Should I store or sell my grain? Grain market daily

Friday, 24 March 2023

Market commentary

  • Old crop UK feed wheat futures (May-23) closed yesterday at £194.20/t, gaining £0.20/t on Wednesday’s close. Repositioning after significant falls. While new crop futures (Nov-23) were down £1.90/t over the same period, closing at £207.10/t, marginally closing the premium to old crop futures.
  • Our new crop domestic market followed the Paris market down yesterday, as Black Sea exports continue to pressure the market, and improving crop conditions in Europe weigh on prices.
  • Today, old crop UK feed wheat futures (May-23) are trading back up at £204.00/t as at 14:00. New crop futures (Nov-23) are trading at £216.00/t. This reaction comes as there has been some reports from Vedomosti Business Daily that Russia may consider temporarily halting wheat and sunflower exports, nothing is confirmed yet. However, it reported that the Russian Agriculture Ministry would meet industry representatives this week to discuss the idea (Refinitiv).
  • Paris rapeseed futures (May-23) closed yesterday at €436.25/t, gaining €5.75/t on Wednesday’s close. The contract gained for the first time since 03 March, breaking 13-day losing streak, which saw the contract pressured by €108.00/t (to 22 March).
  • The latest AHDB carbon article is now published on which explores the price disparities between carbon markets.

Should I store or sell my grain?

As mentioned in yesterday’s Analyst Insight, old crop wheat futures are dropping lower and lower. The domestic wheat surplus available for either export or free stock has been well documented in the AHDB cereals supply & demand estimates since October. With harvest approaching, stores may need to be cleared as there isn’t the physical space for many growers to keep hold of old crop.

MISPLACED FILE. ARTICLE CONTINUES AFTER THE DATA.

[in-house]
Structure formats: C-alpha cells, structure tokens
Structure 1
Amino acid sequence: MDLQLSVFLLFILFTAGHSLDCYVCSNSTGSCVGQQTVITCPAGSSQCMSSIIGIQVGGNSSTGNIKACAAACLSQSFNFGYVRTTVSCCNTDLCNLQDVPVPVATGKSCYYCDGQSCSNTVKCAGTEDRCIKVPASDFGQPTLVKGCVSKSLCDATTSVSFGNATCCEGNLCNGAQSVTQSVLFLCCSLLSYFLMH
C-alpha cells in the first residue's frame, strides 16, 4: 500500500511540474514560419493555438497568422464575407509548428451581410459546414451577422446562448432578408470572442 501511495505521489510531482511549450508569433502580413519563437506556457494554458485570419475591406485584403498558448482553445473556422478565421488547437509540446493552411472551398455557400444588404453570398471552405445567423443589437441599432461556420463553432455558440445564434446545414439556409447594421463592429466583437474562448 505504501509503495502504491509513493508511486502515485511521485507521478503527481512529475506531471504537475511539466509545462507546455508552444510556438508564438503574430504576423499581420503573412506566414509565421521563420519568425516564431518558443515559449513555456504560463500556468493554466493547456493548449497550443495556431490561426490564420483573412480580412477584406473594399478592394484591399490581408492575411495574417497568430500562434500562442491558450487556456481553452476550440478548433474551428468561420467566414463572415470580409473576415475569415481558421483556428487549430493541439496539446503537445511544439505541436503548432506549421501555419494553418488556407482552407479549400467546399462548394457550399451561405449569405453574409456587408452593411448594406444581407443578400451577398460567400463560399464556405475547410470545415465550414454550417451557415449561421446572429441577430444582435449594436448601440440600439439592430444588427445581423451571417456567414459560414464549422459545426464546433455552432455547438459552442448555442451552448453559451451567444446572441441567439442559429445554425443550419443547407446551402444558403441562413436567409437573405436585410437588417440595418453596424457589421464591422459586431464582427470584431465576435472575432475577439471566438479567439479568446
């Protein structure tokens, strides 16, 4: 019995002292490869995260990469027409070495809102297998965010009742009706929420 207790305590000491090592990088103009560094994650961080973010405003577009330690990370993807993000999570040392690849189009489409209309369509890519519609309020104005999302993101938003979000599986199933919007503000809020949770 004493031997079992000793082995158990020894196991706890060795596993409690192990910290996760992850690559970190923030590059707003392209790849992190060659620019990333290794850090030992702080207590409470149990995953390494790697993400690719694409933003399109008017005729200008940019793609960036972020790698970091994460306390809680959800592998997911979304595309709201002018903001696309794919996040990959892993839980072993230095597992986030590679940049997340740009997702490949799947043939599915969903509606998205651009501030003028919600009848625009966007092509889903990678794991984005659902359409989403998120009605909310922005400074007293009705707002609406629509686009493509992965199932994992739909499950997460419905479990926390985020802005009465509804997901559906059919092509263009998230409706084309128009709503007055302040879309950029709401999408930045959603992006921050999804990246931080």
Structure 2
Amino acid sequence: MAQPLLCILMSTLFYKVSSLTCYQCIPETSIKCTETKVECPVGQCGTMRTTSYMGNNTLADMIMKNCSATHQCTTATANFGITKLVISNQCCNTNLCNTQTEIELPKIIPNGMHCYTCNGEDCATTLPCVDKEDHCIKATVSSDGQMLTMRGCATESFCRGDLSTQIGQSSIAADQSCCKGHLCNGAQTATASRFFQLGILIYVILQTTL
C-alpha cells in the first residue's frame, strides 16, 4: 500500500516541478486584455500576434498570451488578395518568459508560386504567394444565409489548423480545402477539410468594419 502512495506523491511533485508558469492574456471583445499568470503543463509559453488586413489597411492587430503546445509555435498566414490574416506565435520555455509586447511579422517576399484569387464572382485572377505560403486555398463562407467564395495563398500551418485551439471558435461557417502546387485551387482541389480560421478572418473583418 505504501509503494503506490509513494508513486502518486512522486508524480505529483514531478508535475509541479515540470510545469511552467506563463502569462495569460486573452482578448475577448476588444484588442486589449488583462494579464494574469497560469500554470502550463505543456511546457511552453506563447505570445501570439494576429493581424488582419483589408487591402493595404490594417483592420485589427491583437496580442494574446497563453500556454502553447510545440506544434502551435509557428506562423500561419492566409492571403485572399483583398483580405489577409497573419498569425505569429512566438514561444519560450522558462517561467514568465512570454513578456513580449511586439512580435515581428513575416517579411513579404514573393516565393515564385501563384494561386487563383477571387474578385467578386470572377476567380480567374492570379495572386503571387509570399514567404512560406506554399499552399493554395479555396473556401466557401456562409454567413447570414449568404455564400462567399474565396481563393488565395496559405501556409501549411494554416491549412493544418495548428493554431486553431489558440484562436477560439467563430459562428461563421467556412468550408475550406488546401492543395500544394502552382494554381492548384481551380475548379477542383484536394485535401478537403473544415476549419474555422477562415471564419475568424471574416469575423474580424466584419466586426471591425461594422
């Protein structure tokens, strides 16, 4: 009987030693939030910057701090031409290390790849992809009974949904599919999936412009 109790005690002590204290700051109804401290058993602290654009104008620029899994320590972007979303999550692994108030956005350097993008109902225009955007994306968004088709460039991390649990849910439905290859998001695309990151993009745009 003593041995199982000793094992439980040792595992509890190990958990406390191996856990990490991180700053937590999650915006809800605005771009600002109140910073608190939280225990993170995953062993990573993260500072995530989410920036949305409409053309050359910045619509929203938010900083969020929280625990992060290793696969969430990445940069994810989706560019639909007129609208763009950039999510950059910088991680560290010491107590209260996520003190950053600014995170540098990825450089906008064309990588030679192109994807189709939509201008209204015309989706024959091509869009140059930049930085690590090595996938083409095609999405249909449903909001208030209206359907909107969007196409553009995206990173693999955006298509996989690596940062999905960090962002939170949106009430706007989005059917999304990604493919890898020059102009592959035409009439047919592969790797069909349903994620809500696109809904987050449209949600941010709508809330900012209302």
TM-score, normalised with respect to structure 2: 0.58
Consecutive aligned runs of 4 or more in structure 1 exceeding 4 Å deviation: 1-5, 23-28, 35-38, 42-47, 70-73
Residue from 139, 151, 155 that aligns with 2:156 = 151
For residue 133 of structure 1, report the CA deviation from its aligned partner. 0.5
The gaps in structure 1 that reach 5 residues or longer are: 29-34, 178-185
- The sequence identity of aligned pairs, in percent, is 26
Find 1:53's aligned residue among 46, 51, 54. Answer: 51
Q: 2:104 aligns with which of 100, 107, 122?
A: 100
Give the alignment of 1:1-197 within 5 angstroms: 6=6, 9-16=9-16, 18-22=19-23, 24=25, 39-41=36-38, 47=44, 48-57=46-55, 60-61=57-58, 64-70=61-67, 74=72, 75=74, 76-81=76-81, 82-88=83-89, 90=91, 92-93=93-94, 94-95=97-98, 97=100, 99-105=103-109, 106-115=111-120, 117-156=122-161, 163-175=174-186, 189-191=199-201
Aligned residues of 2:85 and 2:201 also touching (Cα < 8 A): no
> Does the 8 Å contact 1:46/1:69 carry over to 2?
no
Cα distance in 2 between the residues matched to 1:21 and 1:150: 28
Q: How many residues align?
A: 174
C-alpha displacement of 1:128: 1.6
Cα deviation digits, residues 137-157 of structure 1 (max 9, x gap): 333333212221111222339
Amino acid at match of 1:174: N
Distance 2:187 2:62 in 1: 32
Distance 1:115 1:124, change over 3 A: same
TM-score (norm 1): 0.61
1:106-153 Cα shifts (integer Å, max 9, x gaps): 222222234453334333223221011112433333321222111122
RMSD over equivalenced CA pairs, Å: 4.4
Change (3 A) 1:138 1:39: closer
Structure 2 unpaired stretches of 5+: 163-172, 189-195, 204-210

A graph showing UK feed wheat prices.

As the graph shows above, there has been a change in the trading relationship between old and new crop UK feed wheat futures contracts. This has also been reflective in the AHDB domestic delivered prices too, which reflects our physical traded market.

However, with this drop in old crop futures could there be opportunity to continue storing harvest 22 into next year? Or will the gains from the interest from cash in the bank outweigh the continued cost to store your grain? In this analysis I am further building on the interest rate calculation used in the “Does storing grain peak your interest?” article released in December. There is an update to prices, and interest rates, which since December have seen significant shifts.

To sell or store?

Interest rates are continuing to increase in order to control domestic inflation, as shown yesterday in the Bank of England’s statement, which increased the base rate to 4.25%. Current top easy-access savings account are offering up to 3.4%, and with notice savings account (120 days), offer as high as 3.65% (Money Saving Expert).

If space allows, could there be a cost benefit to holding onto this grain for a little longer, or will the gains from high interest rates outweigh this?